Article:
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CALL FOR PAPERS
Challenges and Prospects: Local Government Responses to the Internationalization of Society and Economy Special Issue of Journal of African and Asian Local Government Studies (JAALGS)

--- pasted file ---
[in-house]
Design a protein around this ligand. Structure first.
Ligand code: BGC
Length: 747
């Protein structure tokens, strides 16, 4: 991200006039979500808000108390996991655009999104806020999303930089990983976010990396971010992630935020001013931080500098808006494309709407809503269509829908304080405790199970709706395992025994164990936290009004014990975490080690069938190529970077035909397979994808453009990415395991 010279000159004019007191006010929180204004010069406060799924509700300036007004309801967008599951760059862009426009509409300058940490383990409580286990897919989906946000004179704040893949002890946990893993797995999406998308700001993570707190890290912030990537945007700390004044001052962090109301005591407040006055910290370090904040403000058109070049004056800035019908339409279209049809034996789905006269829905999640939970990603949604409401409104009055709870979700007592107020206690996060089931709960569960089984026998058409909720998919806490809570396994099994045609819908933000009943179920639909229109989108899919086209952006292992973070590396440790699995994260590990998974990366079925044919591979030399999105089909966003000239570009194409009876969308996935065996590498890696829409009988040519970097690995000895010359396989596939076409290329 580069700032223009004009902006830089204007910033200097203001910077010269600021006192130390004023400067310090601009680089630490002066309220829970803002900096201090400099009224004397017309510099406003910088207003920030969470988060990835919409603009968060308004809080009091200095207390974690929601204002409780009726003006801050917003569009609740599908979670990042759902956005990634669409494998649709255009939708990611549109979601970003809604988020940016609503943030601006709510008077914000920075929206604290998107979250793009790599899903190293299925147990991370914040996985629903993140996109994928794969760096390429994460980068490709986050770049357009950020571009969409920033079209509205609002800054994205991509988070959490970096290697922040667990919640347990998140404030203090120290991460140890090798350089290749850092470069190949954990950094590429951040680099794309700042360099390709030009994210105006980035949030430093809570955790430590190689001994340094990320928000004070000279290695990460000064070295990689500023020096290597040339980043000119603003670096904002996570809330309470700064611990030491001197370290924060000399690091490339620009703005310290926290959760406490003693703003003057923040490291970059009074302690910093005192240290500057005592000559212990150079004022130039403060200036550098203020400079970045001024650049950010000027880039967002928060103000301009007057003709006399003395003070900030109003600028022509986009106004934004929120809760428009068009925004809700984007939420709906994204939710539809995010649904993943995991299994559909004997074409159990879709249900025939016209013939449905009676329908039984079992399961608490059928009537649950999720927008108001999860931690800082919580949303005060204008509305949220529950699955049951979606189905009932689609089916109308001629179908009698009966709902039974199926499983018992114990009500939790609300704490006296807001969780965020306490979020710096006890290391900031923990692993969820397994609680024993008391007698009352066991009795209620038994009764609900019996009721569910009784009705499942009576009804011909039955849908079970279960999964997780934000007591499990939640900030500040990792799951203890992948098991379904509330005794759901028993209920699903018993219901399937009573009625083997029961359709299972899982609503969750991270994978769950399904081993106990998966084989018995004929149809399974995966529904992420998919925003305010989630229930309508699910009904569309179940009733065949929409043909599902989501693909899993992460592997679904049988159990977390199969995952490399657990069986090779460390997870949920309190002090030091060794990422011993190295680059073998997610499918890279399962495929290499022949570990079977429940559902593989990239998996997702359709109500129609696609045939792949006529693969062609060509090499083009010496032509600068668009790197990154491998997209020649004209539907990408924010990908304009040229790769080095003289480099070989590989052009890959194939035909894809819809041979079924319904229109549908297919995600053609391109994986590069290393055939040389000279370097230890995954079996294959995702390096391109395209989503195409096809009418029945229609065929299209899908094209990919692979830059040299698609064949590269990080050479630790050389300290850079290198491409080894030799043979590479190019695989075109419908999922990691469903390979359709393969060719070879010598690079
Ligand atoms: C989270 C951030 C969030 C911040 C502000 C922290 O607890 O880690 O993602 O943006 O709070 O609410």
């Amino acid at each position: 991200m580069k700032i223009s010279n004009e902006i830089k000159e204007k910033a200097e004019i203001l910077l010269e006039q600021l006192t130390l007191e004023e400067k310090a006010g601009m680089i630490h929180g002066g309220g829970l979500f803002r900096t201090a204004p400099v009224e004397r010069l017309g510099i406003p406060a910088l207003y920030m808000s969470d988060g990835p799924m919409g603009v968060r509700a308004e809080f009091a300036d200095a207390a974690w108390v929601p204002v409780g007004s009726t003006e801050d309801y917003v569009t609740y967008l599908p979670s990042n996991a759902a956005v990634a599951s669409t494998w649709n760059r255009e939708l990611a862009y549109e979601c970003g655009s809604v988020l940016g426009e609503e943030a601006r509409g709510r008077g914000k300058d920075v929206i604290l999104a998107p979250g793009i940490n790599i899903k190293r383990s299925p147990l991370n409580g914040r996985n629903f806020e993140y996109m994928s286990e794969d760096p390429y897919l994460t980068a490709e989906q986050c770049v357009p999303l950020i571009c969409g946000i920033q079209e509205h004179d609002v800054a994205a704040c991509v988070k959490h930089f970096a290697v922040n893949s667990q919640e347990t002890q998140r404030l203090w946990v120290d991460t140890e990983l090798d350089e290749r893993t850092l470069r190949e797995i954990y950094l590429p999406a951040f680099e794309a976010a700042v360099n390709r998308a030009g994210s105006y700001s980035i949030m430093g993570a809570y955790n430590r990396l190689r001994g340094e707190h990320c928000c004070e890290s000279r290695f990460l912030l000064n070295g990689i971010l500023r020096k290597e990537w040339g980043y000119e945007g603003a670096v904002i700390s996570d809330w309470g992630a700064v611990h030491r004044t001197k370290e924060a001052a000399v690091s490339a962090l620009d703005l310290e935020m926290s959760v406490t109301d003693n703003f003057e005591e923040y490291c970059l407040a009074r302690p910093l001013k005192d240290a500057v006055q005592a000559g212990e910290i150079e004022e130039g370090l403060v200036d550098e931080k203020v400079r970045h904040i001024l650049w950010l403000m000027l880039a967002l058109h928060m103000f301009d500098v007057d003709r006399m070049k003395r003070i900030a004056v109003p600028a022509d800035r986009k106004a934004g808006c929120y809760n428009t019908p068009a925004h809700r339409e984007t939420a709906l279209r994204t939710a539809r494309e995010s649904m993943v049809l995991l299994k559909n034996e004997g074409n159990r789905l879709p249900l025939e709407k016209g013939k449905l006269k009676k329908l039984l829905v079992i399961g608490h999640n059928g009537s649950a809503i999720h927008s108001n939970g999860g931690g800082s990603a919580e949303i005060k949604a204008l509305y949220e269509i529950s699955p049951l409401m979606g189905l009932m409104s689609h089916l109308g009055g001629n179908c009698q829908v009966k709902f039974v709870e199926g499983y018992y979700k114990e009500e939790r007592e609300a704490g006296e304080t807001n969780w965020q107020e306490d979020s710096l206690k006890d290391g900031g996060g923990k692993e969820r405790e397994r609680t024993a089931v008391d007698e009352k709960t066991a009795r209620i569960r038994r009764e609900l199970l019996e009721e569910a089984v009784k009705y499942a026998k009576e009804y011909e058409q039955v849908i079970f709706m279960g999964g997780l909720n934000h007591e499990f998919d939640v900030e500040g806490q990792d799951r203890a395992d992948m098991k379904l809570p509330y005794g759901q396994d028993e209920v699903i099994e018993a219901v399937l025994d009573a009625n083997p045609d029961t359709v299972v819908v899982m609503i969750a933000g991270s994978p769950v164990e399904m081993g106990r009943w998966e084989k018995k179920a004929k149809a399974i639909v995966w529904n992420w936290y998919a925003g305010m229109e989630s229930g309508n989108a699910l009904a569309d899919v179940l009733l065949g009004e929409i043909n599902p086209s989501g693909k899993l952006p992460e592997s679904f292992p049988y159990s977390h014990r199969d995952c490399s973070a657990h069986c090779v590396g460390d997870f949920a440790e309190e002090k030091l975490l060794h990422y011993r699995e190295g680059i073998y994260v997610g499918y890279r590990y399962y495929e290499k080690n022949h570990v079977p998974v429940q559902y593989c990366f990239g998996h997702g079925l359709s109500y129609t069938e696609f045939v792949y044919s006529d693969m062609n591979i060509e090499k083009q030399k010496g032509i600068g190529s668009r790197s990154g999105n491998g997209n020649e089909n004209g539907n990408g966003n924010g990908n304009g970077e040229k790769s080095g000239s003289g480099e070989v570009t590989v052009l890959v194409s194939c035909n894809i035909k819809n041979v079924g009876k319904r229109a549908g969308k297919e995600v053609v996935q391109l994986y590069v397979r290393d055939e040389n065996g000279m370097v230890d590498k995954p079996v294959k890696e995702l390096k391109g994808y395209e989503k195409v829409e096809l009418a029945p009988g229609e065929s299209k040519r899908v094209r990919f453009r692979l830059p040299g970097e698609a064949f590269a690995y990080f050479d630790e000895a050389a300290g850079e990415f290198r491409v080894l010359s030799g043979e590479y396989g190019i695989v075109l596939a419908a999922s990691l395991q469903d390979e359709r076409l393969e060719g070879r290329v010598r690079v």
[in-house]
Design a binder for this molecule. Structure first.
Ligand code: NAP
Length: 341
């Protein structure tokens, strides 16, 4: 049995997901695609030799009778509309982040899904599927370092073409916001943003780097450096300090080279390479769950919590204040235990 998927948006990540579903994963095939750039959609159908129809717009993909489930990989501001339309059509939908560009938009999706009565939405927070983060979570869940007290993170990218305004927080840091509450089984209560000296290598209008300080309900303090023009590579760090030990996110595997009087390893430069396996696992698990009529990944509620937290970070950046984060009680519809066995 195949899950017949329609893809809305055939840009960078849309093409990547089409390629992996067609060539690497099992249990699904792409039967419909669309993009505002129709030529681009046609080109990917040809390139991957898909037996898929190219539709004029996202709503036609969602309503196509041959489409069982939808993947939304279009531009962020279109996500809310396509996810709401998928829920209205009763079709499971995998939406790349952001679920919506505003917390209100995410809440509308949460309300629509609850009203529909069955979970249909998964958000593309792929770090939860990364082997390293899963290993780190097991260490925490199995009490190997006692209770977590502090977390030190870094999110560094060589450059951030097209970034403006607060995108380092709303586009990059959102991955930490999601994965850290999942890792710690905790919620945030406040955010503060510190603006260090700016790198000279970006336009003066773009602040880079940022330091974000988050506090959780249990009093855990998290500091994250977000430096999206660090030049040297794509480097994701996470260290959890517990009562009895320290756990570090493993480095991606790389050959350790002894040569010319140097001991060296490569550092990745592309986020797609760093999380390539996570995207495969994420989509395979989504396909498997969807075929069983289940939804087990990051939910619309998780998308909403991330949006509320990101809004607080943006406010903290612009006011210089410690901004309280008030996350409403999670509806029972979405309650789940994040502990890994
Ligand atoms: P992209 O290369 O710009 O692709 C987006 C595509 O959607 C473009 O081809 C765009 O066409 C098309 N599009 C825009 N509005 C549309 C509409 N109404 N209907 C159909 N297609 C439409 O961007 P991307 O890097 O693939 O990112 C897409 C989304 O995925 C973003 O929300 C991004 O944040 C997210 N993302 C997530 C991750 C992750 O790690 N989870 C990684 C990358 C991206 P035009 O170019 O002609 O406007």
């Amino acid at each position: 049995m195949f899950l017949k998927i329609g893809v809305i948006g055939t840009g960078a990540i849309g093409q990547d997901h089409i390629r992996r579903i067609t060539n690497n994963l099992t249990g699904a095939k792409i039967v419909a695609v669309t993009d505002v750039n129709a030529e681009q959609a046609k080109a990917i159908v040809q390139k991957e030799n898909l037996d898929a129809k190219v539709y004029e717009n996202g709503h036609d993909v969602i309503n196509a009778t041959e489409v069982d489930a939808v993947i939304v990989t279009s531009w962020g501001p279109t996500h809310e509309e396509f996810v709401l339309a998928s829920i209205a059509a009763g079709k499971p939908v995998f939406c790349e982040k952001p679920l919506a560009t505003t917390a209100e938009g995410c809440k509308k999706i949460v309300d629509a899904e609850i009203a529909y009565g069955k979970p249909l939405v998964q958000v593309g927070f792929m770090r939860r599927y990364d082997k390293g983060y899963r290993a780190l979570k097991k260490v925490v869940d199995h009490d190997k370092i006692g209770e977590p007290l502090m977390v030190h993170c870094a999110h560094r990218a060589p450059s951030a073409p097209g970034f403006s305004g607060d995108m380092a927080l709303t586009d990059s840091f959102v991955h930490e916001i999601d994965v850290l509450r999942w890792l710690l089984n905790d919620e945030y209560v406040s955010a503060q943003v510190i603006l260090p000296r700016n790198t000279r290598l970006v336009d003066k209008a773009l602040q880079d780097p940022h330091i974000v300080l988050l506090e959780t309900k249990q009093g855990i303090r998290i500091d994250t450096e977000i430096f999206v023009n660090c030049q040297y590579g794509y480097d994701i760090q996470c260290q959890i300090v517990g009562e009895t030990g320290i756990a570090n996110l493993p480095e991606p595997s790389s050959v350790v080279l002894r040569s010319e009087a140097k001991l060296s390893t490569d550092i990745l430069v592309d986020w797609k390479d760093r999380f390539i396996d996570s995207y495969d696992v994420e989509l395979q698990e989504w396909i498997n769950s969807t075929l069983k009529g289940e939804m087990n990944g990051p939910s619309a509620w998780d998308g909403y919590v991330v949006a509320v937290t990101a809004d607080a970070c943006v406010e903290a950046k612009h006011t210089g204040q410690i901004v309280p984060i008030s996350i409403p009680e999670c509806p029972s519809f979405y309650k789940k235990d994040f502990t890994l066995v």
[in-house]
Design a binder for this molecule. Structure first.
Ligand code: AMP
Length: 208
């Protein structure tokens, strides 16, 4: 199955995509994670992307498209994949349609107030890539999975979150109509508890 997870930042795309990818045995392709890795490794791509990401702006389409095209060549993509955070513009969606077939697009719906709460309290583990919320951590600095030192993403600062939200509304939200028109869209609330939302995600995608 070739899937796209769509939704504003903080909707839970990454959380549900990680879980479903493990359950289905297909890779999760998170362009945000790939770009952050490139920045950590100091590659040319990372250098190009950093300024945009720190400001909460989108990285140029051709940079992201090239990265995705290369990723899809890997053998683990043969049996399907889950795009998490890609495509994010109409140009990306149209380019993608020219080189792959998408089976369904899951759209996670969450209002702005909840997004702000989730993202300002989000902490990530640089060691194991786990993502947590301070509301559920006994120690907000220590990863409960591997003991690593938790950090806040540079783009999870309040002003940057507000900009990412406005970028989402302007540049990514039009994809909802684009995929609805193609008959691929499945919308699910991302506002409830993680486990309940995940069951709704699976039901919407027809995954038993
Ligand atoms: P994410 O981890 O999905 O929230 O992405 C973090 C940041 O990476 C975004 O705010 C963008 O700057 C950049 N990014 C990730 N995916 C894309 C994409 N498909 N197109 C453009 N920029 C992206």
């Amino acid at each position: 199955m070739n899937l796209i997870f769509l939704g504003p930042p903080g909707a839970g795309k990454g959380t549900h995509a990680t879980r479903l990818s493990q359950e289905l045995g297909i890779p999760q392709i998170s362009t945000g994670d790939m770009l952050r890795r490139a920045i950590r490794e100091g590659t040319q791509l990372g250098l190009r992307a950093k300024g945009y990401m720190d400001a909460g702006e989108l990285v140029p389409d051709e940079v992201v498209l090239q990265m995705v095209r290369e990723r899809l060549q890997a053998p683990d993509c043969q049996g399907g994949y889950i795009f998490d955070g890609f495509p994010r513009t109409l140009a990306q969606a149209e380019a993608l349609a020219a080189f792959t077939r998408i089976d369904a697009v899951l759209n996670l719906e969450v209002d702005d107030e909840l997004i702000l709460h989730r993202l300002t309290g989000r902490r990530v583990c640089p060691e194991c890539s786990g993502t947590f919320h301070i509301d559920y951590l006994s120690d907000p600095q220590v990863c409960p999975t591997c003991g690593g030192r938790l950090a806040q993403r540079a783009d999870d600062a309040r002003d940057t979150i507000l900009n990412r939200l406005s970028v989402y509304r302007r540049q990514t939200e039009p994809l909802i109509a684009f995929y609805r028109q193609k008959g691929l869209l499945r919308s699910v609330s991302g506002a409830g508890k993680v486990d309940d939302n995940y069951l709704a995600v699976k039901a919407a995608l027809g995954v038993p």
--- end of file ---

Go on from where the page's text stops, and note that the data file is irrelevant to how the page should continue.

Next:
Special Issue Editors: Tatchalerm Sudhipongpracha, Ph.D. and Achakorn Wongpredee, Ph.D. College of Local Administration Graduate School of Public Administration Khon Kaen University National Institute of Development Administration THAILAND THAILAND The internationalization of human society and global economy has always been a dynamic, multifaceted process since time immemorial. An extensive range of jargons, such as ‘the end of geography,’ ‘the end of ideology,’ and ‘convergence,’ are regularly employed to illustrate the opportunities and challenges of globalization for nation-states and their administrators. In recapitulating these opportunities and challenges, Robertson (1992, 8) succinctly states that the concept of globalization refers to both “the compression of the world and the intensification of consciousness in the world as whole.” The socioeconomic internationalization is not an alien concept for those in the business circle whose fortune hinges upon an ability to capitalize on economic interdependence and borderless flow of capital and labor (Bell 1974). Beyond the business circle, however, new phenomena created through the internationalization process have both integrative and disintegrative effects (Wallerstein 1980). On the one hand, cultural cosmopolitanism signifies the emergence of a common or trans-national culture that serves as an intermediary between diverse national cultures. On the other, an integrated global society and economy cause a growing host of environmental and social problems. In addition, contemporary resistance to the socioeconomic internationalization assumes a variety of forms, ranging from the strengthening of national and ethnic identities to social unrest of varying intensity. Much research has been conducted on the impact of socioeconomic internationalization on national governments. Yet, the impact on local communities and governments has been under-researched (Cope 1999). The process of internationalization gradually transforms local government roles, financing, organizational structure, and management techniques. As a precautionary note, it is a precarious assumption that “what is happening locally” can be understood by singularly examining “the global” and vice versa (Cope 1999, 175). Rather, what is happening at the local level has to be understood as a “localglobal nexus” (Alger 1988). Indeed, Robertson (1995, 30) coins a portmanteau term—“glocalization”—to explain the dynamics of this “local-global nexus” as “the simultaneity and the inter-penetrating of what are conventionally called the global and the local.” The International Association of Local Government Scholars commissioned a research project specifically designed to achieve three (3) overarching objectives: (1) to identify the opportunities and challenges for local government around the world wrought by the internationalization of our society and economy, (2) to examine local government responses to those opportunities and challenges, and (3) to synthesize the “lessons learned” from successful cases, as well as the common factors underlying ineffective management of the “local-global nexus.” A special issue of Journal of African and Asian Local Government Studies (JAALGS) will result from this research initiative. The outcome of this special issue is to assist local government officials and community leaders in examining their level of management